The latest peace overtures from India and Pakistan signal the first easing of tensions since they came close to war last year. Although it is not clear when, or if, talks will take place, analysts say there is hope the rival South Asian nations can move forward on practical issues such as restoring transport links and diplomatic relations.
Pakistani Prime Minister Zafarullah Khan Jamali telephoned his Indian counterpart Atal Behari Vajpayee on Monday and invited him to Pakistan for talks. The Pakistani leader was responding to Mr. Vajpayee's offer early this month to resume talks with Islamabad over several issues, including the fight over Kashmir.
Pakistani Foreign Minister Khurshid Mehmud Kasuri told VOA that dialogue is the only way to resolve differences between the two countries, both of which have nuclear weapons.
"The people generally of the two countries should remember that there have been three wars between them ... and a fourth one will be completely catastrophic for both countries," he said. "So there is really no option but to go for a sustained meaningful and composite dialogue because that is the only way you lower temperatures in the subcontinent."
Mr. Kasuri says that leaders in both countries should stop making negative statements to improve the atmosphere for any talks. The Pakistani foreign minister hopes the Indian prime minister will accept the invitation to visit Pakistan.
"I hope he will do so quickly and if he does come he will receive a warm welcome and we will do all we can to help reducing of tensions between the two countries," said Mr. Kasuri. 'The very fact that he has taken the first call after 18 months to break an impasse between the two countries is a positive development."
So far, however, New Delhi has not responded to the invitation. On Tuesday, India test-fired a short-range missile. But Pakistani officials brushed off the test as merely confirming that missiles are "a reality in South Asia."
Professor Abdul Hameed Nayyar of Islamabad's Sustainable Development Policy Institute says the failure of previous talks between India and Pakistan has hardened their positions on the divided region of Kashmir. But he added that both countries have shown flexibility in the past, once they got to the negotiating table.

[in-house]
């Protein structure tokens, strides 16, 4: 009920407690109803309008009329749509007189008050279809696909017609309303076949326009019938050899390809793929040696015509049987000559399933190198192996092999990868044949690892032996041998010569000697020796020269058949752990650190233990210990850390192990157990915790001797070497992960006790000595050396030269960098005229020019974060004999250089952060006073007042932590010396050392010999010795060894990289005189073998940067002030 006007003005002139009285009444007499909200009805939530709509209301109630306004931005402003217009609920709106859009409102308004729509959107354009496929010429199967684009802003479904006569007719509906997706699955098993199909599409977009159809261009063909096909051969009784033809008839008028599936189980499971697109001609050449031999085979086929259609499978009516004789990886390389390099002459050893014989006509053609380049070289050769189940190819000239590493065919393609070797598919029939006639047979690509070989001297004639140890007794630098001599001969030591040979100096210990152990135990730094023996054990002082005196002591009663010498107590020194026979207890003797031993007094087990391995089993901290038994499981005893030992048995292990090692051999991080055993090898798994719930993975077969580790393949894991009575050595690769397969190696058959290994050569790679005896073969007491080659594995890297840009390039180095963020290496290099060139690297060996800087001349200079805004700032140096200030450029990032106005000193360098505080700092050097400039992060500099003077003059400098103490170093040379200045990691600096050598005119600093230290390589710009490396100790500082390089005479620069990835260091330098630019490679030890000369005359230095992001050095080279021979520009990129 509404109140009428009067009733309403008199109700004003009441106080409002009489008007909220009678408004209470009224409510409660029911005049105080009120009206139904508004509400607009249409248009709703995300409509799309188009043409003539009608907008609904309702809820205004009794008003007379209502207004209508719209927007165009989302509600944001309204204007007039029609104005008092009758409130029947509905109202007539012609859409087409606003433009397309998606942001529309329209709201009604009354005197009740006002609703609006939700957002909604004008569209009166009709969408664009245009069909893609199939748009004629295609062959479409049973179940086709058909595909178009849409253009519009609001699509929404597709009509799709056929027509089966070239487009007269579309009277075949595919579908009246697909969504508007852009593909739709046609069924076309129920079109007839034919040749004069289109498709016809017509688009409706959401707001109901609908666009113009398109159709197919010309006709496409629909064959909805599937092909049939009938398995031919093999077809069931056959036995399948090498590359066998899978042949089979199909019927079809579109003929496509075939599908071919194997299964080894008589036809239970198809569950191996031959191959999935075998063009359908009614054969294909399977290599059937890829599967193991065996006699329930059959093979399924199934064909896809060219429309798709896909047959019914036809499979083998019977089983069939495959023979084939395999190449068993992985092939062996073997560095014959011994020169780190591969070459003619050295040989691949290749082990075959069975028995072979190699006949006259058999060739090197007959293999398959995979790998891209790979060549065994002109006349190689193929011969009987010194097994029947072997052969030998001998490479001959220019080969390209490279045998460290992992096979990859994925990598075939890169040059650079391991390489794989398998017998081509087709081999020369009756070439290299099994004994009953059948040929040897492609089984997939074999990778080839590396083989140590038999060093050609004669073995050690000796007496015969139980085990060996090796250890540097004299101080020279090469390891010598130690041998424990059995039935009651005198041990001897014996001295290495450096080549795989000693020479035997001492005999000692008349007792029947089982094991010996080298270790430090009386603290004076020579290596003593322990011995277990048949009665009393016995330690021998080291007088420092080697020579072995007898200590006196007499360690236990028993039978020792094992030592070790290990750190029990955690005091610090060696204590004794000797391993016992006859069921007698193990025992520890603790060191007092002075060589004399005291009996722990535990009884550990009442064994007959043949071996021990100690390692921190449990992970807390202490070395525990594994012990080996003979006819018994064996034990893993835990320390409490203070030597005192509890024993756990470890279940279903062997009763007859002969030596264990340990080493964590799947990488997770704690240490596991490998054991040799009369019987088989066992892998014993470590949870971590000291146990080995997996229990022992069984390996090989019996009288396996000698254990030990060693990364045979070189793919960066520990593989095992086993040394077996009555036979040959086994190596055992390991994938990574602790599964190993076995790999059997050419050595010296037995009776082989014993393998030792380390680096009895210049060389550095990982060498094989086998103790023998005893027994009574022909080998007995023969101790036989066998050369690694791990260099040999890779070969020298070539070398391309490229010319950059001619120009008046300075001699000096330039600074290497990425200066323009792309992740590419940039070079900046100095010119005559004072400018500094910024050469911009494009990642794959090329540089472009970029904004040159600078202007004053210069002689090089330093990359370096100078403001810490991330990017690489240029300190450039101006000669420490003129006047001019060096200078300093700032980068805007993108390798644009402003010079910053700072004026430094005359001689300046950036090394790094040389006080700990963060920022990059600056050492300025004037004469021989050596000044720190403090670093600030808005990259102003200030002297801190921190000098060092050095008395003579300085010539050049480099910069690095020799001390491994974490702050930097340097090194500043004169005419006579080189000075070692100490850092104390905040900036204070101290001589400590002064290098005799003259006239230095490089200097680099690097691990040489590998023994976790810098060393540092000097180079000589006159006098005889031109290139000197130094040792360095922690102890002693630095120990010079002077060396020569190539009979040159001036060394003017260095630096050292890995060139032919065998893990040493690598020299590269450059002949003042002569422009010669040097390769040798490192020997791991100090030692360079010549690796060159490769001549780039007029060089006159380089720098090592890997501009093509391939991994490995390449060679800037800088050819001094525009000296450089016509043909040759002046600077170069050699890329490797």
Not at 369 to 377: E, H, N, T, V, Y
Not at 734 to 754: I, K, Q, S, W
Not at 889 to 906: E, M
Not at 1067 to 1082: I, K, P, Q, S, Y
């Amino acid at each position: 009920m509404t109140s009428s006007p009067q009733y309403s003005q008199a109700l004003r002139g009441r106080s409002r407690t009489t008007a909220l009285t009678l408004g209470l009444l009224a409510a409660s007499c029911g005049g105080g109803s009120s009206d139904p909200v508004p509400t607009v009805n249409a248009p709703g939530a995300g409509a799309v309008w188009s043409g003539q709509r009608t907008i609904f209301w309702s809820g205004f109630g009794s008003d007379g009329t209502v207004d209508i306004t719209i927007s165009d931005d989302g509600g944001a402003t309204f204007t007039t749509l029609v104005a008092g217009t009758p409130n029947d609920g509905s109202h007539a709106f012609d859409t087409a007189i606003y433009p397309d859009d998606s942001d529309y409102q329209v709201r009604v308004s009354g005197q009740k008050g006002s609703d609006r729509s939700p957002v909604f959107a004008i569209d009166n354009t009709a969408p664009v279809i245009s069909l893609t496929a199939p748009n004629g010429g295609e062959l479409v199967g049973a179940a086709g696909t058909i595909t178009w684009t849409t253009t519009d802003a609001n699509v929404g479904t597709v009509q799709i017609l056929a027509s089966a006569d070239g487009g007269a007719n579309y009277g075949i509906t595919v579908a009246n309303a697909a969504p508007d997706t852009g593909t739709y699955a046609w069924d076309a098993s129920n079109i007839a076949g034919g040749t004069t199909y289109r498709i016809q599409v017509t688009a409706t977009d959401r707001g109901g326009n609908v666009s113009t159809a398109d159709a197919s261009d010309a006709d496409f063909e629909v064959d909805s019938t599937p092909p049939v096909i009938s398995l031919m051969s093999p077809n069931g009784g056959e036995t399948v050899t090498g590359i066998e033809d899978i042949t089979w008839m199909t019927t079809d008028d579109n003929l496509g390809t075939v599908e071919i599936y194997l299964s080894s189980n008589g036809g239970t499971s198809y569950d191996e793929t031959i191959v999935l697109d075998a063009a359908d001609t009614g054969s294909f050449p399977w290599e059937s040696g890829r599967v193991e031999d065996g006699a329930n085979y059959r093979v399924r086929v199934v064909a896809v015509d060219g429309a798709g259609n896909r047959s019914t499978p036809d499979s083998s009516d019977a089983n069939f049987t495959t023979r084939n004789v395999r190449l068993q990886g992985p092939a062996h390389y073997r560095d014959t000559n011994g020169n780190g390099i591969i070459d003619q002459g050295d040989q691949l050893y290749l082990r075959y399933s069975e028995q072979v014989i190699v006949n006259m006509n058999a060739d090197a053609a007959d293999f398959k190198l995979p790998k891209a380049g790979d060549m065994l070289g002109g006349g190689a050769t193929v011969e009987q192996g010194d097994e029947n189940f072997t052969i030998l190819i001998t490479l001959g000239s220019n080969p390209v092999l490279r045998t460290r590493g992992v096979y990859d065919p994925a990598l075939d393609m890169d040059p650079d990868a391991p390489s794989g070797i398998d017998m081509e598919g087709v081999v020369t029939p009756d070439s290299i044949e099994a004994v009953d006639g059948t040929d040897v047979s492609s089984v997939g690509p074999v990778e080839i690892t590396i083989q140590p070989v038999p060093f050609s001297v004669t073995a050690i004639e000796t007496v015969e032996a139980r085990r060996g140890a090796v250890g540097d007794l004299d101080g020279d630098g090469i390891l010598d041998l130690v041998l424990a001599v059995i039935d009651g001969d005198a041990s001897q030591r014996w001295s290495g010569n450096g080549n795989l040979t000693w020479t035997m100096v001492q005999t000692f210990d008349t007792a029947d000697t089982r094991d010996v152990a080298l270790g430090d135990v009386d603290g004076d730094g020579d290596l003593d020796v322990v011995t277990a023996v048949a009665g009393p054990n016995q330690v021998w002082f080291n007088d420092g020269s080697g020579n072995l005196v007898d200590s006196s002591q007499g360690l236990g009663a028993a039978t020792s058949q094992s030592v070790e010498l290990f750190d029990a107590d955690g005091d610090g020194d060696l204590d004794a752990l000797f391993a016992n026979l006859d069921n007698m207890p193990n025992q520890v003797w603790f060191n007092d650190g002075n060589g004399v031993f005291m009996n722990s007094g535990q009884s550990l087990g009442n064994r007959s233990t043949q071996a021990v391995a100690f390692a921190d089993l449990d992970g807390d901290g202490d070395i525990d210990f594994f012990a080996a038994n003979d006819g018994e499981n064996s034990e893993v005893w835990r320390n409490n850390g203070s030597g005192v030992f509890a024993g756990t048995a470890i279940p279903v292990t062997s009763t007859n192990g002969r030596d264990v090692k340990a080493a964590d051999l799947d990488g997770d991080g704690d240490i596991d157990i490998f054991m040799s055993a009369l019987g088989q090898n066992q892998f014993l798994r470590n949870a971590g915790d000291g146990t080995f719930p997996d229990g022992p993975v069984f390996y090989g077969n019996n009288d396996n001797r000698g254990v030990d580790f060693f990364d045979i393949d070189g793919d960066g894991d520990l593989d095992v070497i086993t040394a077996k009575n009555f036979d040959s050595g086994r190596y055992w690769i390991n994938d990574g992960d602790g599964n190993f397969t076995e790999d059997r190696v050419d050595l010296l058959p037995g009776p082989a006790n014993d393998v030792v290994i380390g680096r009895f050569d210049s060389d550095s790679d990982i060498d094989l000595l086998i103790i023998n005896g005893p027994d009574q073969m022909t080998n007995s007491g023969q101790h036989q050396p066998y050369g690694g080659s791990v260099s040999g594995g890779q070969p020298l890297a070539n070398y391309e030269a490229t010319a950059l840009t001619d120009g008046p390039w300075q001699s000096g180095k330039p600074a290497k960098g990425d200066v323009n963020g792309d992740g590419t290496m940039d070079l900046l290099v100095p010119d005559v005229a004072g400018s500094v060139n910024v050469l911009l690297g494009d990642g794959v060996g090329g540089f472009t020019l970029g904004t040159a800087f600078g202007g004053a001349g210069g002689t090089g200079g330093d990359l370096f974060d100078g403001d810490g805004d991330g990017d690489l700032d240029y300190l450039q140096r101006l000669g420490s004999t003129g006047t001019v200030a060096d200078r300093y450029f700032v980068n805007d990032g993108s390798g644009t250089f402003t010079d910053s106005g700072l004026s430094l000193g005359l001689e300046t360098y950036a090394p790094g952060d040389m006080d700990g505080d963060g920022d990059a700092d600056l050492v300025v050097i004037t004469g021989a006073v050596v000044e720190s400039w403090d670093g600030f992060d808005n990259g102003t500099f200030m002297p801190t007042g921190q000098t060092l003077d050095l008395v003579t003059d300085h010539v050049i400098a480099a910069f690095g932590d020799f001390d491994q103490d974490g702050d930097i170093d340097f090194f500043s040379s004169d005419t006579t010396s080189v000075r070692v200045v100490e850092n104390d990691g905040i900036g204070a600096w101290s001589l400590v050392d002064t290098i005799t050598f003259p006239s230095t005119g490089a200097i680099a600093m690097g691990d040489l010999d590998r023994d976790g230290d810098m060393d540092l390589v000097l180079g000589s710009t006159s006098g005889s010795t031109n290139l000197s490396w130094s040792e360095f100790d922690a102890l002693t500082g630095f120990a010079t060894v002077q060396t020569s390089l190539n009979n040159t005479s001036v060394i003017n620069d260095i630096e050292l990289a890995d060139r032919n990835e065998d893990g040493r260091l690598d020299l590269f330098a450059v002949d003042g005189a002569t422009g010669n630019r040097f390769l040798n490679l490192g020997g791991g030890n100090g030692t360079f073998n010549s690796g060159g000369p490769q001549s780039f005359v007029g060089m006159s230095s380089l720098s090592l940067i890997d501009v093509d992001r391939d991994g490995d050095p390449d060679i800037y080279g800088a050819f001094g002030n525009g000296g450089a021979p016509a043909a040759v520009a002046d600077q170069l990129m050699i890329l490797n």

"As soon as the talks start you will see that they will stop anchoring themselves on to their hard positions and they will start talking in broader terms, trying to give space to the other party," he said. "This is the beginning, what they should do is to only catch on the positive utterances coming from across the border and ignore negative utterances."
Professor Nayyar says both internal and external pressures could have prompted the overtures from India and Pakistan. He says the United States has consistently urged the two countries to ease tensions and resume a dialogue.
Mr. Nayyar says that as part of those efforts U.S. Deputy Secretary of State Richard Armitage is due to visit India and Pakistan next month.
Domestically, both countries are seeing social pressures arise from having closed transportation links, which makes it difficult for families to visit relatives across the border.
India severed air, bus and train links and downgraded diplomatic ties following an attack on its Parliament in December 2001. New Delhi blamed Pakistan-based Kashmiri separatists for the attack, leading to a 10-month military stand off on the border.
Professor Nayyar said the two sides could try to resume transport and other links to pave the way for discussions on complicated issues such as Kashmir.
"The final settlement of what Pakistan calls a core dispute, the issue of Kashmir, may be something which perhaps will not be achieved so easily, and will be difficult to achieve," he explained. "But then at least the state of tension between the two countries can be reduced tremendously, very quickly, if the two countries start to sit and start to talk to each other."
Kashmir, which is divided into Indian and Pakistani portions, is the major source of tension between India and Pakistan. Both claim the entire region.
New Delhi accuses Islamabad of sponsoring an armed insurgency in the Indian-controlled part of Kashmir, a charge Pakistan denies. Pakistan is seeking implementation of United Nations resolutions that call for a plebiscite to determine Kashmir's future.